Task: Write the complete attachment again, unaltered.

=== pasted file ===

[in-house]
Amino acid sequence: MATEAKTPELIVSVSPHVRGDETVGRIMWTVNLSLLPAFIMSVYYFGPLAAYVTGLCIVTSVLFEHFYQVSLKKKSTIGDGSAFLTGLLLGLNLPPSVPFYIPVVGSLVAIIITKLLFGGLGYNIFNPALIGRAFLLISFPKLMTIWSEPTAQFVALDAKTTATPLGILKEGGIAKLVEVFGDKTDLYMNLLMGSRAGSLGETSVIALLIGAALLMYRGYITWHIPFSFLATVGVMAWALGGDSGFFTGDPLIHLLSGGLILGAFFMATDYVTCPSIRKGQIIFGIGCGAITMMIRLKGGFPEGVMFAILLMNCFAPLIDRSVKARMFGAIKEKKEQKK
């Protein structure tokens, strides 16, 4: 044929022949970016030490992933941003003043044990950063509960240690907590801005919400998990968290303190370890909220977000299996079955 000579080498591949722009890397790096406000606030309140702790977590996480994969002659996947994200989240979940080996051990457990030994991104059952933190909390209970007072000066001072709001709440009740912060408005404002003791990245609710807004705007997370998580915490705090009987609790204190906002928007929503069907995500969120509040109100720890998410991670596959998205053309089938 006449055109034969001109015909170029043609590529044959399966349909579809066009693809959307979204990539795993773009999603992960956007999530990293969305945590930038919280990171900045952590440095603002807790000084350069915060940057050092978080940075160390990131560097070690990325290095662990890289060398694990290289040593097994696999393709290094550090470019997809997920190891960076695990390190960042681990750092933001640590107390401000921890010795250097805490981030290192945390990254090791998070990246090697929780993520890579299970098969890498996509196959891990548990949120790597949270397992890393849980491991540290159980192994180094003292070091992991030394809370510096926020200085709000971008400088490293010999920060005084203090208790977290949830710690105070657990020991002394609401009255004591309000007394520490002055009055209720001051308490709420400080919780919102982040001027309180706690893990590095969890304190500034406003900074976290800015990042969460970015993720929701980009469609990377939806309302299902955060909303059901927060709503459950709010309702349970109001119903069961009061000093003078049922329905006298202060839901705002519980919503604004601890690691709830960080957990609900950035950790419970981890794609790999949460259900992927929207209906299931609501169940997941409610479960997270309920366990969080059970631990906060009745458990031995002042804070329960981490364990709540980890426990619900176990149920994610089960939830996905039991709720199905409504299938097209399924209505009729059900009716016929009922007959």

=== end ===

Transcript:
[in-house]
Amino acid sequence: MATEAKTPELIVSVSPHVRGDETVGRIMWTVNLSLLPAFIMSVYYFGPLAAYVTGLCIVTSVLFEHFYQVSLKKKSTIGDGSAFLTGLLLGLNLPPSVPFYIPVVGSLVAIIITKLLFGGLGYNIFNPALIGRAFLLISFPKLMTIWSEPTAQFVALDAKTTATPLGILKEGGIAKLVEVFGDKTDLYMNLLMGSRAGSLGETSVIALLIGAALLMYRGYITWHIPFSFLATVGVMAWALGGDSGFFTGDPLIHLLSGGLILGAFFMATDYVTCPSIRKGQIIFGIGCGAITMMIRLKGGFPEGVMFAILLMNCFAPLIDRSVKARMFGAIKEKKEQKK
């Protein structure tokens, strides 16, 4: 044929022949970016030490992933941003003043044990950063509960240690907590801005919400998990968290303190370890909220977000299996079955 000579080498591949722009890397790096406000606030309140702790977590996480994969002659996947994200989240979940080996051990457990030994991104059952933190909390209970007072000066001072709001709440009740912060408005404002003791990245609710807004705007997370998580915490705090009987609790204190906002928007929503069907995500969120509040109100720890998410991670596959998205053309089938 006449055109034969001109015909170029043609590529044959399966349909579809066009693809959307979204990539795993773009999603992960956007999530990293969305945590930038919280990171900045952590440095603002807790000084350069915060940057050092978080940075160390990131560097070690990325290095662990890289060398694990290289040593097994696999393709290094550090470019997809997920190891960076695990390190960042681990750092933001640590107390401000921890010795250097805490981030290192945390990254090791998070990246090697929780993520890579299970098969890498996509196959891990548990949120790597949270397992890393849980491991540290159980192994180094003292070091992991030394809370510096926020200085709000971008400088490293010999920060005084203090208790977290949830710690105070657990020991002394609401009255004591309000007394520490002055009055209720001051308490709420400080919780919102982040001027309180706690893990590095969890304190500034406003900074976290800015990042969460970015993720929701980009469609990377939806309302299902955060909303059901927060709503459950709010309702349970109001119903069961009061000093003078049922329905006298202060839901705002519980919503604004601890690691709830960080957990609900950035950790419970981890794609790999949460259900992927929207209906299931609501169940997941409610479960997270309920366990969080059970631990906060009745458990031995002042804070329960981490364990709540980890426990619900176990149920994610089960939830996905039991709720199905409504299938097209399924209505009729059900009716016929009922007959």